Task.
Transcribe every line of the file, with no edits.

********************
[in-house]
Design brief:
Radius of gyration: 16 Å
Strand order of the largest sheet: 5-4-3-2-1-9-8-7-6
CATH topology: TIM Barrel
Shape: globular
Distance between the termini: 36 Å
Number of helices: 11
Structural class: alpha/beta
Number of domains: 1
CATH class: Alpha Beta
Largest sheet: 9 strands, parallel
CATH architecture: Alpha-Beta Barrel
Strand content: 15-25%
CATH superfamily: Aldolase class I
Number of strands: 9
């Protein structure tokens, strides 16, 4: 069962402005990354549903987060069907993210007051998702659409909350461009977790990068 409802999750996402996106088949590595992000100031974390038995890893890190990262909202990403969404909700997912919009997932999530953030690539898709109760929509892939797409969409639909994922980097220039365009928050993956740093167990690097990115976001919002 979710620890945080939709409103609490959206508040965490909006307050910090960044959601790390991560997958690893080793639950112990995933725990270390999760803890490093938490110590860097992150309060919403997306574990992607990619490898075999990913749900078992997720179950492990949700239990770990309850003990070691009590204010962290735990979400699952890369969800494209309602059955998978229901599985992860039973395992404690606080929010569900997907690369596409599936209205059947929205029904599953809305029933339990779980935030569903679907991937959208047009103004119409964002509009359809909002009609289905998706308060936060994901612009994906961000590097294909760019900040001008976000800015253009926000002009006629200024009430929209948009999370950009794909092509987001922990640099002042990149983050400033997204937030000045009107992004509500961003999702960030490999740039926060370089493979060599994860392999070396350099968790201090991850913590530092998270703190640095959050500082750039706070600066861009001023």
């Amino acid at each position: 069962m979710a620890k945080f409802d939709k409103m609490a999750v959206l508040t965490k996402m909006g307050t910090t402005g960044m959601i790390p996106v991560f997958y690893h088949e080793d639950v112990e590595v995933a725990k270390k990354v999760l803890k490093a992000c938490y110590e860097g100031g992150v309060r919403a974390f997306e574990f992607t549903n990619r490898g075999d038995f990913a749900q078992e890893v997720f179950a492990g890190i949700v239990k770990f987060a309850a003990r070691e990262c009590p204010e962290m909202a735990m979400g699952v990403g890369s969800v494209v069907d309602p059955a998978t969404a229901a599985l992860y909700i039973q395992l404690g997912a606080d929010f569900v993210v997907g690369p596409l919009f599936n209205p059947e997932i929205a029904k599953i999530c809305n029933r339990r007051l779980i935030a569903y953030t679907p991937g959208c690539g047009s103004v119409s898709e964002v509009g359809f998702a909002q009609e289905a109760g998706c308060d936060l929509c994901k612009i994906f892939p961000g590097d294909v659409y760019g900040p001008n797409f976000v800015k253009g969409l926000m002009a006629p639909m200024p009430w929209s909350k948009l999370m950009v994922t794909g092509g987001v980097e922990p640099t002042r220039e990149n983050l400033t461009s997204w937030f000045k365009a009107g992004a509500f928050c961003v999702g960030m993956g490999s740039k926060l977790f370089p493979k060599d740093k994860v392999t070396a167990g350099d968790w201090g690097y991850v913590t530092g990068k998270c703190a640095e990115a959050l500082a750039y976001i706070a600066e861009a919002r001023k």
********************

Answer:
[in-house]
Design brief:
Radius of gyration: 16 Å
Strand order of the largest sheet: 5-4-3-2-1-9-8-7-6
CATH topology: TIM Barrel
Shape: globular
Distance between the termini: 36 Å
Number of helices: 11
Structural class: alpha/beta
Number of domains: 1
CATH class: Alpha Beta
Largest sheet: 9 strands, parallel
CATH architecture: Alpha-Beta Barrel
Strand content: 15-25%
CATH superfamily: Aldolase class I
Number of strands: 9
């Protein structure tokens, strides 16, 4: 069962402005990354549903987060069907993210007051998702659409909350461009977790990068 409802999750996402996106088949590595992000100031974390038995890893890190990262909202990403969404909700997912919009997932999530953030690539898709109760929509892939797409969409639909994922980097220039365009928050993956740093167990690097990115976001919002 979710620890945080939709409103609490959206508040965490909006307050910090960044959601790390991560997958690893080793639950112990995933725990270390999760803890490093938490110590860097992150309060919403997306574990992607990619490898075999990913749900078992997720179950492990949700239990770990309850003990070691009590204010962290735990979400699952890369969800494209309602059955998978229901599985992860039973395992404690606080929010569900997907690369596409599936209205059947929205029904599953809305029933339990779980935030569903679907991937959208047009103004119409964002509009359809909002009609289905998706308060936060994901612009994906961000590097294909760019900040001008976000800015253009926000002009006629200024009430929209948009999370950009794909092509987001922990640099002042990149983050400033997204937030000045009107992004509500961003999702960030490999740039926060370089493979060599994860392999070396350099968790201090991850913590530092998270703190640095959050500082750039706070600066861009001023």
């Amino acid at each position: 069962m979710a620890k945080f409802d939709k409103m609490a999750v959206l508040t965490k996402m909006g307050t910090t402005g960044m959601i790390p996106v991560f997958y690893h088949e080793d639950v112990e590595v995933a725990k270390k990354v999760l803890k490093a992000c938490y110590e860097g100031g992150v309060r919403a974390f997306e574990f992607t549903n990619r490898g075999d038995f990913a749900q078992e890893v997720f179950a492990g890190i949700v239990k770990f987060a309850a003990r070691e990262c009590p204010e962290m909202a735990m979400g699952v990403g890369s969800v494209v069907d309602p059955a998978t969404a229901a599985l992860y909700i039973q395992l404690g997912a606080d929010f569900v993210v997907g690369p596409l919009f599936n209205p059947e997932i929205a029904k599953i999530c809305n029933r339990r007051l779980i935030a569903y953030t679907p991937g959208c690539g047009s103004v119409s898709e964002v509009g359809f998702a909002q009609e289905a109760g998706c308060d936060l929509c994901k612009i994906f892939p961000g590097d294909v659409y760019g900040p001008n797409f976000v800015k253009g969409l926000m002009a006629p639909m200024p009430w929209s909350k948009l999370m950009v994922t794909g092509g987001v980097e922990p640099t002042r220039e990149n983050l400033t461009s997204w937030f000045k365009a009107g992004a509500f928050c961003v999702g960030m993956g490999s740039k926060l977790f370089p493979k060599d740093k994860v392999t070396a167990g350099d968790w201090g690097y991850v913590t530092g990068k998270c703190a640095e990115a959050l500082a750039y976001i706070a600066e861009a919002r001023k």